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Tenant Or Lodger?

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Two sisters own a 2-bed flat.

One of the sisters is not living there, and has let her room to a friend, who has signed an AST. The other sister continues to live there.

Is "friend" T or lodger?

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Two sisters own a 2-bed flat.

One of the sisters is not living there, and has let her room to a friend, who has signed an AST. The other sister continues to live there.

Is "friend" T or lodger?

Lodger, one of the acts (off the top of my head the 1988 HA) states that a lease can not be a tenancy if the LL lives in the property... I will take a looks and get the chapter and verse

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Lodger, one of the acts (off the top of my head the 1988 HA) states that a lease can not be an assured tenancy if the LL lives in the property... I will take a looks and get the chapter and verse

Indeed the 1988 HA, Schedule 1: Tenancies which cannot be assured tenancies, Part I clause 10

http://www.letlink.co.uk/letting-statutes/...es-1-and-2.html

Lodger and landlord have very few rights.....

The solution may be to put the property in a trust but probably too expensive to be worth the effort

Edited by Matt Henson

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Problem with putting into a Trust is CGT. Actually, that's not a problem at all - as disposal into Trust is a deemed disposal of PPR, so tax free. Trust then ends up with Capital losses on eventual sale... and the PPR is locked in.

Problem with putting into a Trust is IHT. It's a chargeable lifetime transfer, so 20% tax up front on the excess over the nil rate band - which is £312,000; so that's probably not a problem either. There will however be a ten-year charge on the Trust every ten years.

Anyway, going back to the original question, thanks Matt I am aware of Sch 1 para 10 HA88. The thing is that the resident L claims not to be (in fact was not) the individual who granted the tenancy. I suspect that this is completely wrong in Law. I imagine, but do not know, that even tenants in common own a specified proportion of the entire asset - rather than each owning a specific room within the property.

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I don't see how Schedule 1 applies.

The departed sister rented out her proportion of the asset and is not resident.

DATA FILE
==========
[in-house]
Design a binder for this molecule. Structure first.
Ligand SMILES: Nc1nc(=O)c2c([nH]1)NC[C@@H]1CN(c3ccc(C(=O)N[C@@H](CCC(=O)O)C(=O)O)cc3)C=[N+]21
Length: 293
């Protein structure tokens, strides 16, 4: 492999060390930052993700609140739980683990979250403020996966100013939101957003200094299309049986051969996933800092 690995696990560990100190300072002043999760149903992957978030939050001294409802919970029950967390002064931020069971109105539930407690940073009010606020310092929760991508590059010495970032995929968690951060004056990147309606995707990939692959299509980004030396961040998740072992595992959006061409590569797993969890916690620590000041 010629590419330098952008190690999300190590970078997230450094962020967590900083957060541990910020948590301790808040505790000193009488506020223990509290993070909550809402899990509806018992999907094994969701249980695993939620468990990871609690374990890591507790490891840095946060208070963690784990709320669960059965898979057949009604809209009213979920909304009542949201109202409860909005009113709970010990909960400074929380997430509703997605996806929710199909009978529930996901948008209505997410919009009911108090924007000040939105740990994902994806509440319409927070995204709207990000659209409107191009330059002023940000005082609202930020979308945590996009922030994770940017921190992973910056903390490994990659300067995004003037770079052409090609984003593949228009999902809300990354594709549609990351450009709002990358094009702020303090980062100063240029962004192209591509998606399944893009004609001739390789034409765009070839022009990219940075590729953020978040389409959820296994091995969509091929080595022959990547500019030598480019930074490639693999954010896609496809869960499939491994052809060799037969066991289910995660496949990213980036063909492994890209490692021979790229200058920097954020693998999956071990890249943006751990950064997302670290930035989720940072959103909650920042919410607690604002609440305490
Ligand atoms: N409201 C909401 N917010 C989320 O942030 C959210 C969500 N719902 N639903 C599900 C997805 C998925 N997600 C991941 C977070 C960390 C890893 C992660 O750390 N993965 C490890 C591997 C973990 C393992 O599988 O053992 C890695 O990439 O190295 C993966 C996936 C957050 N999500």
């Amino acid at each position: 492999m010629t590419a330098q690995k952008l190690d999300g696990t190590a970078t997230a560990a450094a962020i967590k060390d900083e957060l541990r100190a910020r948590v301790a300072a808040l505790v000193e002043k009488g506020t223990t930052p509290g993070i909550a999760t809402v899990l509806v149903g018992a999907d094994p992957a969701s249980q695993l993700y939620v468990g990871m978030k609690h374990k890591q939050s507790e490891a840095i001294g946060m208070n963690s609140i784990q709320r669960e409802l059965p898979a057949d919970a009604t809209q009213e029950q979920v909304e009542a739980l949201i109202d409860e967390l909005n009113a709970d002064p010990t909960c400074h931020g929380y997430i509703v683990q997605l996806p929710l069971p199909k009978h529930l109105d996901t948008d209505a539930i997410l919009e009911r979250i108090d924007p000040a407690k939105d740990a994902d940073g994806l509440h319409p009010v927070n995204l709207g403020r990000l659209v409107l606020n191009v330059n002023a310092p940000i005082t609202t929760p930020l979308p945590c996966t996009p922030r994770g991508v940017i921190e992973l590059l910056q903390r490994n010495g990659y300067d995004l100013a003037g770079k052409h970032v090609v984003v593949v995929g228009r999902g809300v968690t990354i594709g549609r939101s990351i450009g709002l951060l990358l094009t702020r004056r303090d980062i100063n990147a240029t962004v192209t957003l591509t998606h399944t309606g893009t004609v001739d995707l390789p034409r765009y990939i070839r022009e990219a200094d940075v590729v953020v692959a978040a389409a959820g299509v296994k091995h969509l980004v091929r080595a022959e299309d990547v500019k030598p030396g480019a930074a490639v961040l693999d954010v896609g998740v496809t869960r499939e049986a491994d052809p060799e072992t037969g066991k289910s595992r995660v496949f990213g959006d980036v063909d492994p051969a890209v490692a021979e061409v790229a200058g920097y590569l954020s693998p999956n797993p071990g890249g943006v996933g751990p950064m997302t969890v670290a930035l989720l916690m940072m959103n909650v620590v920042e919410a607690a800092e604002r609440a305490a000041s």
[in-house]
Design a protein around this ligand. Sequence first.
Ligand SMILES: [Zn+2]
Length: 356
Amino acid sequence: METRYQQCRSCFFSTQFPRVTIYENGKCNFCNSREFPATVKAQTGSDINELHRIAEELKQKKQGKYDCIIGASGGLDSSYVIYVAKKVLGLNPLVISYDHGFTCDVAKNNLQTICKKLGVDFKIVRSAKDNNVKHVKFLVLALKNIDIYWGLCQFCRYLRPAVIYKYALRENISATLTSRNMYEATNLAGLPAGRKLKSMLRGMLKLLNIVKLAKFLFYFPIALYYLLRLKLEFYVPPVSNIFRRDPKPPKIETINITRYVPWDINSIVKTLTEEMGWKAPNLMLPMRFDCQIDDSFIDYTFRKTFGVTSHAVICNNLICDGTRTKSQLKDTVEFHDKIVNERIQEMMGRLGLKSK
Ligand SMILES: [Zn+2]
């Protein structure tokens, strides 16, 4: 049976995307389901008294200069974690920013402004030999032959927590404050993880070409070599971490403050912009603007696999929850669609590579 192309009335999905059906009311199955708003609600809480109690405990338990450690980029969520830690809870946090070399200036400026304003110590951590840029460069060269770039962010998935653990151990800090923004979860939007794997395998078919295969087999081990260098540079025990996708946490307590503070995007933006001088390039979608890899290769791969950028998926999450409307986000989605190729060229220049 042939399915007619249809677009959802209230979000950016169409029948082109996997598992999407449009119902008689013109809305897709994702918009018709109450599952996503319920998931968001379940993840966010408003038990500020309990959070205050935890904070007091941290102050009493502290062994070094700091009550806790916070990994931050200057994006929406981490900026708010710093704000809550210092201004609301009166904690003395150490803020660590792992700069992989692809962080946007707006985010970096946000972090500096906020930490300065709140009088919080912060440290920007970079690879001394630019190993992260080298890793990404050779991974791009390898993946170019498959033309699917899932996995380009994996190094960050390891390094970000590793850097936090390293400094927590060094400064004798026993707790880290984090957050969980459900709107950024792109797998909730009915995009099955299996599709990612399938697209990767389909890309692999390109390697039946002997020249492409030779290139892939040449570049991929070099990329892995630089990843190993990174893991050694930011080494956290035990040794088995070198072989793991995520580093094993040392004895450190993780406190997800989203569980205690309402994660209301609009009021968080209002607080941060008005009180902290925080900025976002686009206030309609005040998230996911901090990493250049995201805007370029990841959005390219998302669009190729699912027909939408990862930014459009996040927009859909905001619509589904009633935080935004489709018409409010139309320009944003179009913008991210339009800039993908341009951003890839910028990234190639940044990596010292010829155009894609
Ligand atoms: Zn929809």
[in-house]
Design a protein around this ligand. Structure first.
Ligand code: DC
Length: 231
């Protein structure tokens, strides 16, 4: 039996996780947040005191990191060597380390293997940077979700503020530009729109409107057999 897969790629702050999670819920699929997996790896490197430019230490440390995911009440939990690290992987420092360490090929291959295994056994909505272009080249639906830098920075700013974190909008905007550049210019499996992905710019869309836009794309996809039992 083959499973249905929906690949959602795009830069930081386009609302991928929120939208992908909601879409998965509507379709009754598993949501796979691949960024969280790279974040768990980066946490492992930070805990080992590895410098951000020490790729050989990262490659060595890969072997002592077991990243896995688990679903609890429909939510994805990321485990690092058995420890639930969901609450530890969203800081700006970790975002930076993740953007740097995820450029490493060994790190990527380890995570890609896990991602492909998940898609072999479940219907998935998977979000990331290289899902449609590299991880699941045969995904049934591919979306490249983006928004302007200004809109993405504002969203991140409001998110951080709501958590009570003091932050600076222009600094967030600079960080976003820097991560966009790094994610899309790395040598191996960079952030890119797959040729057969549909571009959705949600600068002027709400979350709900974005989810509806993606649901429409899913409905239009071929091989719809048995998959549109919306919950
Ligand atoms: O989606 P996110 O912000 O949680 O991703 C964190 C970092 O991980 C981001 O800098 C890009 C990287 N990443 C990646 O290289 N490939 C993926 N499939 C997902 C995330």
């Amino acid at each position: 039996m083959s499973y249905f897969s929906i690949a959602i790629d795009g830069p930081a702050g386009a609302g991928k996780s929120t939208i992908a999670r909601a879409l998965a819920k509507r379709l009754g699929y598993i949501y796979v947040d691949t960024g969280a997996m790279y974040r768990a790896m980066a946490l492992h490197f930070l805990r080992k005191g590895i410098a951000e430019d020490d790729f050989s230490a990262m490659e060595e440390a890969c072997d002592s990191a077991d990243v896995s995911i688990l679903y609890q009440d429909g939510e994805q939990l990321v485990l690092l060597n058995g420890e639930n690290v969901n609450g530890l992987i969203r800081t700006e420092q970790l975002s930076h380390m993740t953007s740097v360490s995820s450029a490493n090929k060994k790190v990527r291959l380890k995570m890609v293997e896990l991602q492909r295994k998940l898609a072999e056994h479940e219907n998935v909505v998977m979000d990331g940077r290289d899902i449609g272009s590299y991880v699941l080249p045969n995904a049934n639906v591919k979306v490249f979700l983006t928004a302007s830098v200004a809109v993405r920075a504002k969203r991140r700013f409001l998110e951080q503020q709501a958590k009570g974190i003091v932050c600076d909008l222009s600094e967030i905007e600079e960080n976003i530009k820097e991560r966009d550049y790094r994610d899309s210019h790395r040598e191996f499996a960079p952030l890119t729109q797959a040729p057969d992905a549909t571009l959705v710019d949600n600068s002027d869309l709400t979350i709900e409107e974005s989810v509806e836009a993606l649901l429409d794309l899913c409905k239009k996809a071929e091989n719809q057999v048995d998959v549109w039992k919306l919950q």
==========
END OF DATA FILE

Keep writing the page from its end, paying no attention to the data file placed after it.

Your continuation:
The other sister is neither a resident landlord nor a fellow lodger.

They both have a right to share communal areas (bathroom- unless

each has their own ensuite) , one by ownership, the other by rental/lease

but that does not exactly coincide with the application of Schedule 1.

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I don't see how Schedule 1 applies.

The departed sister rented out her proportion of the asset and is not resident.

The other sister is neither a resident landlord nor a fellow lodger.

They both have a right to share communal areas (bathroom- unless

each has their own ensuite) , one by ownership, the other by rental/lease

but that does not exactly coincide with the application of Schedule 1.

The original post does not tell us which sister is the LL is so you can not assume this situation.

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One of the sisters is not living there, and has let her room to a friend, who has signed an AST. The other sister continues to live there.

Yes it does, Matt! Anyway, the answer is that the remaining sister is not bound by the invalid AST signed by the first sister.

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  • 399 Brexit, House prices and Summer 2020

    1. 1. Including the effects Brexit, where do you think average UK house prices will be relative to now in June 2020?


      • down 5% +
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      • Even
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      • up 5%



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